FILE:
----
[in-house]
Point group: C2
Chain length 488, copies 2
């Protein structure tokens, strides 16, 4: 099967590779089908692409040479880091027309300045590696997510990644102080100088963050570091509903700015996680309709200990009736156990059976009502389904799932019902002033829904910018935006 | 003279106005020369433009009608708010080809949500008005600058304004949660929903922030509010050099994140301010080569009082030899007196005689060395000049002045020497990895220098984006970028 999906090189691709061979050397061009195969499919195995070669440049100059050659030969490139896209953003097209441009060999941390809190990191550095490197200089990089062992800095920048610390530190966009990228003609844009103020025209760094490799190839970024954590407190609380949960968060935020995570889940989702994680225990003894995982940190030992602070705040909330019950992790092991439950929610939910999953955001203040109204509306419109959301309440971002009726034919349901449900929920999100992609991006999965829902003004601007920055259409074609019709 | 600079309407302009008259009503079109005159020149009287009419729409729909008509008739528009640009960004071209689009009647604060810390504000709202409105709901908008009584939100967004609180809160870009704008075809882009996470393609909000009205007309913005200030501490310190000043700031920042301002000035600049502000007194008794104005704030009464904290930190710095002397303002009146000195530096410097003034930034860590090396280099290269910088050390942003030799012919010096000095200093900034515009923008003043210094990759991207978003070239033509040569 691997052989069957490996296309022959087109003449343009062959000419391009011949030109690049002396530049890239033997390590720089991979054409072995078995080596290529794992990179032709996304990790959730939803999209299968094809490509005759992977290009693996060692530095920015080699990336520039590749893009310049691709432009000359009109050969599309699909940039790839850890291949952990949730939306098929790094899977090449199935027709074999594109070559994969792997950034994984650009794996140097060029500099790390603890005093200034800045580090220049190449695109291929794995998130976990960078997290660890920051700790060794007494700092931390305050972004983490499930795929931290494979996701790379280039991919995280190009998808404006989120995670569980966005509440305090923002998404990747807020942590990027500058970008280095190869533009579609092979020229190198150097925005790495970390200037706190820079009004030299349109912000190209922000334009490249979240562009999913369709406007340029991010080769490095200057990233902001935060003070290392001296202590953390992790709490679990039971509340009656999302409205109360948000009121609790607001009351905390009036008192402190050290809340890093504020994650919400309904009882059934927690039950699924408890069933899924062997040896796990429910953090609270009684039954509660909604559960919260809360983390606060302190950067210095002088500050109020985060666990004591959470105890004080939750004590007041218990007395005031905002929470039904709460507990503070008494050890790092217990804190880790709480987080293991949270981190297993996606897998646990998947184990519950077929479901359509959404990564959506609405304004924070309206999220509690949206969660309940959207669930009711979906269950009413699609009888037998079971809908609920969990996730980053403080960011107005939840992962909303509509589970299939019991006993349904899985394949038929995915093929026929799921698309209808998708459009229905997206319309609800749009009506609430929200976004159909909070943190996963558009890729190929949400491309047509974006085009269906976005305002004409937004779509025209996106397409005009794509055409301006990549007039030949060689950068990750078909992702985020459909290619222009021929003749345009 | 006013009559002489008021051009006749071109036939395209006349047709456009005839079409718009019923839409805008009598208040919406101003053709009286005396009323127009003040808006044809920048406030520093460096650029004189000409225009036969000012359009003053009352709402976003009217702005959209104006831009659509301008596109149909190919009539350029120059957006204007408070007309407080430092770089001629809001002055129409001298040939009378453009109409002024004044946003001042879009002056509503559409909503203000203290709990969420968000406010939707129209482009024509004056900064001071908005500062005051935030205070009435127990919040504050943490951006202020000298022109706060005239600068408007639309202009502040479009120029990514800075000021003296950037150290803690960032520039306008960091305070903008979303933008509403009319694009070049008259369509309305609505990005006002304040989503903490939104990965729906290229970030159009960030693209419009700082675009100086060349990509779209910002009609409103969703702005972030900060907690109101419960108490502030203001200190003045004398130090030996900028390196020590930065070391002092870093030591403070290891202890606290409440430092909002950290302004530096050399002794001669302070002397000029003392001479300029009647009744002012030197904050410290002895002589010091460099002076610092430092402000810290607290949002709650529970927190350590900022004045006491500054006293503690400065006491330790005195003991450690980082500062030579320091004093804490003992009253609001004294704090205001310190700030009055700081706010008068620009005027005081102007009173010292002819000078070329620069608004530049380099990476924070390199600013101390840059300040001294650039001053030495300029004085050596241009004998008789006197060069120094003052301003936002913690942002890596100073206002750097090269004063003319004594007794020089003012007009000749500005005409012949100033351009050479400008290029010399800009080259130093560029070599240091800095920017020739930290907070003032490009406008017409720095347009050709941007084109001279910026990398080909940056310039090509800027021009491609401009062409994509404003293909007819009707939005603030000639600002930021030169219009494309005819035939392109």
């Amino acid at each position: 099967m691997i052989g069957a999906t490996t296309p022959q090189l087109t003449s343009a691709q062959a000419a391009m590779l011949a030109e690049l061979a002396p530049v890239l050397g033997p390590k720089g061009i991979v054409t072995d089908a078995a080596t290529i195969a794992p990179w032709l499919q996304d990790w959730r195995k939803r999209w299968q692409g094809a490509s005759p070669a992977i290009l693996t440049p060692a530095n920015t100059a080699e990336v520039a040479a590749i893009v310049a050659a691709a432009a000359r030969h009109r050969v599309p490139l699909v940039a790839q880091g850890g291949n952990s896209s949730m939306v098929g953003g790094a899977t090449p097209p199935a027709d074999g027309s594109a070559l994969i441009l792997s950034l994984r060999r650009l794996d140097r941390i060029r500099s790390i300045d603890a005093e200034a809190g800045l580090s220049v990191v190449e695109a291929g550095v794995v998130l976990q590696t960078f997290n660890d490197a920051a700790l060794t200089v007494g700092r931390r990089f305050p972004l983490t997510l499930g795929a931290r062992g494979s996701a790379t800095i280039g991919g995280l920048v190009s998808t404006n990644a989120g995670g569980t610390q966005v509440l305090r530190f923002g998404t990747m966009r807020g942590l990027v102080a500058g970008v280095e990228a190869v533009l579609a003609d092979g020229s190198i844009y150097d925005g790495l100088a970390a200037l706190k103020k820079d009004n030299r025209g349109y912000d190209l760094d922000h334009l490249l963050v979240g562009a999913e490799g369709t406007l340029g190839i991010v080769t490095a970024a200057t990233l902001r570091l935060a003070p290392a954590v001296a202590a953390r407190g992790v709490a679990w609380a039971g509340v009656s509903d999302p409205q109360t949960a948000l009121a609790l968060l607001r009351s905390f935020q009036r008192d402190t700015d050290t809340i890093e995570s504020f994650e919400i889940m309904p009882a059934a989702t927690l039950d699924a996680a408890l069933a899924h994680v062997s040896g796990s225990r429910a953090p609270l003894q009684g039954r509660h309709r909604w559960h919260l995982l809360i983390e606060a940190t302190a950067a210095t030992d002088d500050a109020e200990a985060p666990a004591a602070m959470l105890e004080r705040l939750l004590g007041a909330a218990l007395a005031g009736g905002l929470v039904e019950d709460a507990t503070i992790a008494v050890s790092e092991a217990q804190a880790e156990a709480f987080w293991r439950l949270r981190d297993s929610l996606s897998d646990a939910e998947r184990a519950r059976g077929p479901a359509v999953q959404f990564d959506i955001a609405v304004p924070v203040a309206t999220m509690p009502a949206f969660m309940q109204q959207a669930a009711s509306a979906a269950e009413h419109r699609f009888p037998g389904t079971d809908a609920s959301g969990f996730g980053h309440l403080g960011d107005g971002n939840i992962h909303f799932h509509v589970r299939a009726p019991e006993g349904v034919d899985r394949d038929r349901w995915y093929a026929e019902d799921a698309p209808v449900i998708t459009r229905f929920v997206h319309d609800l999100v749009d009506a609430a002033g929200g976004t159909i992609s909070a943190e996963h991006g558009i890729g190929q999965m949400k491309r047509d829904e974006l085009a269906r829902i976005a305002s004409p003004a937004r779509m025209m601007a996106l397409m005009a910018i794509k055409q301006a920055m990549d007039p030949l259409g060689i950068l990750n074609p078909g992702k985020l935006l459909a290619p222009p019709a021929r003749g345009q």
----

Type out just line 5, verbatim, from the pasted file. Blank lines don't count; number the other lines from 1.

């Amino acid at each position: 099967m691997i052989g069957a999906t490996t296309p022959q090189l087109t003449s343009a691709q062959a000419a391009m590779l011949a030109e690049l061979a002396p530049v890239l050397g033997p390590k720089g061009i991979v054409t072995d089908a078995a080596t290529i195969a794992p990179w032709l499919q996304d990790w959730r195995k939803r999209w299968q692409g094809a490509s005759p070669a992977i290009l693996t440049p060692a530095n920015t100059a080699e990336v520039a040479a590749i893009v310049a050659a691709a432009a000359r030969h009109r050969v599309p490139l699909v940039a790839q880091g850890g291949n952990s896209s949730m939306v098929g953003g790094a899977t090449p097209p199935a027709d074999g027309s594109a070559l994969i441009l792997s950034l994984r060999r650009l794996d140097r941390i060029r500099s790390i300045d603890a005093e200034a809190g800045l580090s220049v990191v190449e695109a291929g550095v794995v998130l976990q590696t960078f997290n660890d490197a920051a700790l060794t200089v007494g700092r931390r990089f305050p972004l983490t997510l499930g795929a931290r062992g494979s996701a790379t800095i280039g991919g995280l920048v190009s998808t404006n990644a989120g995670g569980t610390q966005v509440l305090r530190f923002g998404t990747m966009r807020g942590l990027v102080a500058g970008v280095e990228a190869v533009l579609a003609d092979g020229s190198i844009y150097d925005g790495l100088a970390a200037l706190k103020k820079d009004n030299r025209g349109y912000d190209l760094d922000h334009l490249l963050v979240g562009a999913e490799g369709t406007l340029g190839i991010v080769t490095a970024a200057t990233l902001r570091l935060a003070p290392a954590v001296a202590a953390r407190g992790v709490a679990w609380a039971g509340v009656s509903d999302p409205q109360t949960a948000l009121a609790l968060l607001r009351s905390f935020q009036r008192d402190t700015d050290t809340i890093e995570s504020f994650e919400i889940m309904p009882a059934a989702t927690l039950d699924a996680a408890l069933a899924h994680v062997s040896g796990s225990r429910a953090p609270l003894q009684g039954r509660h309709r909604w559960h919260l995982l809360i983390e606060a940190t302190a950067a210095t030992d002088d500050a109020e200990a985060p666990a004591a602070m959470l105890e004080r705040l939750l004590g007041a909330a218990l007395a005031g009736g905002l929470v039904e019950d709460a507990t503070i992790a008494v050890s790092e092991a217990q804190a880790e156990a709480f987080w293991r439950l949270r981190d297993s929610l996606s897998d646990a939910e998947r184990a519950r059976g077929p479901a359509v999953q959404f990564d959506i955001a609405v304004p924070v203040a309206t999220m509690p009502a949206f969660m309940q109204q959207a669930a009711s509306a979906a269950e009413h419109r699609f009888p037998g389904t079971d809908a609920s959301g969990f996730g980053h309440l403080g960011d107005g971002n939840i992962h909303f799932h509509v589970r299939a009726p019991e006993g349904v034919d899985r394949d038929r349901w995915y093929a026929e019902d799921a698309p209808v449900i998708t459009r229905f929920v997206h319309d609800l999100v749009d009506a609430a002033g929200g976004t159909i992609s909070a943190e996963h991006g558009i890729g190929q999965m949400k491309r047509d829904e974006l085009a269906r829902i976005a305002s004409p003004a937004r779509m025209m601007a996106l397409m005009a910018i794509k055409q301006a920055m990549d007039p030949l259409g060689i950068l990750n074609p078909g992702k985020l935006l459909a290619p222009p019709a021929r003749g345009q």